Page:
The experiences of Ghana shows how emerging democracies can benefit from holding debates. Its last two elections were extremely tense – in 2008, the winning margin was only 40,000 votes – yet mercifully free of violence. The presidential debates held “were useful in promoting an issues-based politicking and electioneering campaign and minimising the unnecessary whipping up of ethnic sentiments”, according to Dr Ransford Gyampo, a Political Science lecturer at the University of Ghana. Just as debates have helped Ghana’s democracy to mature, so they could have a similar effect in Kenya and elsewhere.

There remains much for Kenyans to be fearful about ahead of polling day on March 4th. Over 400 people have already been killed in politically related violence since the start of 2012. And Ivory Coast’s first presidential debate in 2010 didn't prevent over 1000 people being killed after the disputed election.

Yet the introduction of a presidential debate this year may be a tentative sign that Kenya is moving towards a less destructive form of politics. David Cameron is certainly not alone in his dislike for election debates. But, for all their flaws, they can be powerful tools for democratic empowerment. The world needs more TV debates.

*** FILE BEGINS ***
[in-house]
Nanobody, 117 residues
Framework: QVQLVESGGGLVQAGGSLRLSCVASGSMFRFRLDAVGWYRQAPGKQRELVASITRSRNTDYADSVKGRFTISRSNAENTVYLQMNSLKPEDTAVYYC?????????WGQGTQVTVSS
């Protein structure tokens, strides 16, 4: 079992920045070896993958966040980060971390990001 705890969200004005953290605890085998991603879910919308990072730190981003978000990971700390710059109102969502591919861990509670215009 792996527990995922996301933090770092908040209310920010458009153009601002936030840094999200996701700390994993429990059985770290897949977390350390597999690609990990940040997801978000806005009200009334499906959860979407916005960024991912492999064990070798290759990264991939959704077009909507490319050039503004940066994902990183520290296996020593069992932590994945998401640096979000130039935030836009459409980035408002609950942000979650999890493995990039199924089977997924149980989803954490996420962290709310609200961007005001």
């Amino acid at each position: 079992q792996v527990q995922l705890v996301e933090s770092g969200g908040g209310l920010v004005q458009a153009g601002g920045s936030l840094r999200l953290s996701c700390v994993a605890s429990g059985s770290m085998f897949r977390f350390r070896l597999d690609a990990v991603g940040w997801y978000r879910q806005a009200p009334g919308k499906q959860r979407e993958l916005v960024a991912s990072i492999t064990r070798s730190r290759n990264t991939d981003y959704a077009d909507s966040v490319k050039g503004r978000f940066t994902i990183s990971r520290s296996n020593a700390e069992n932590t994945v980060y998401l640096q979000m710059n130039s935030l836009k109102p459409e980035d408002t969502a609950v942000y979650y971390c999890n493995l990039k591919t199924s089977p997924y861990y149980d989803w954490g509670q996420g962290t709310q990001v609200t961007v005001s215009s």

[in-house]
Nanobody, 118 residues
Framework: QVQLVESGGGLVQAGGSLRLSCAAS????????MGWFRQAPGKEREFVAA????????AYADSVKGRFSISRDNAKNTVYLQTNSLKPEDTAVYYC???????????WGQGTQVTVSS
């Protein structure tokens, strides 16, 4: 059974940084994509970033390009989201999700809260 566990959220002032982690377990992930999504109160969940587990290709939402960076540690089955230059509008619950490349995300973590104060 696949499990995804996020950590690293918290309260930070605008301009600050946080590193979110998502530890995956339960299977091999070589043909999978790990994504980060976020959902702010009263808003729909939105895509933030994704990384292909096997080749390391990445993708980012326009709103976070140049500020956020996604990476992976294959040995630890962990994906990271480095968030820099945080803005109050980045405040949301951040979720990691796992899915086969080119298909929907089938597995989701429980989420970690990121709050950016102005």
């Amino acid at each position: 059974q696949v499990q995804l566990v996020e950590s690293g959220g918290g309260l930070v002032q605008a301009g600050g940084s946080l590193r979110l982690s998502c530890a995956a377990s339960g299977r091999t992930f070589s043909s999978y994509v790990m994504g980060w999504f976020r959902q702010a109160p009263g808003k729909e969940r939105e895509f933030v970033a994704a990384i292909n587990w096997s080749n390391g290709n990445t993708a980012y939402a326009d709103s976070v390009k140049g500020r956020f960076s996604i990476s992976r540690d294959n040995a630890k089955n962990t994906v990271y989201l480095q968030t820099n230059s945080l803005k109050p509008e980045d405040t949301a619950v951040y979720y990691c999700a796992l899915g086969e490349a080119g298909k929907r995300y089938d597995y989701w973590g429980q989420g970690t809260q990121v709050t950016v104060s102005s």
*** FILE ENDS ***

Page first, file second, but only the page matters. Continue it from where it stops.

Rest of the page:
The eight candidates in Kenya's first presidential debate. Photo: Getty

Tim Wigmore is a contributing writer to the New Statesman and the author of Second XI: Cricket In Its Outposts.

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Bernie Sanders is America’s most popular politician – and he’s coming after Donald Trump

Sanders, unlike Clinton, had a clear and coherent vision. As of now, he is the best hope the Democrats have of retaking the White House in 2020.

“I like Bernie Sanders,” my four-year-old niece in Texas said to me last month. “Why isn’t he president?” More than six months on from the defeat of Hillary Clinton, it’s a question that countless frustrated progressives across the United States continue to ask aloud.

Remember that the election of Donald Trump was not the only political earthquake to shake the US establishment last year. A 74-year-old, self-declared socialist and independent senator from the tiny state of Vermont, in a crumpled suit and with a shock of Einsteinian white hair, came close to vanquishing the Clinton machine and winning the Democratic presidential nomination. Sanders began the campaign as the rank outsider, mocked by the former Obama strategist David Axelrod as the candidate with whom Democratic voters might “flirt” and have a “fling” before settling down with Clinton. By the end of the campaign he had won 13 million votes and 23 states, and raised more than $200m.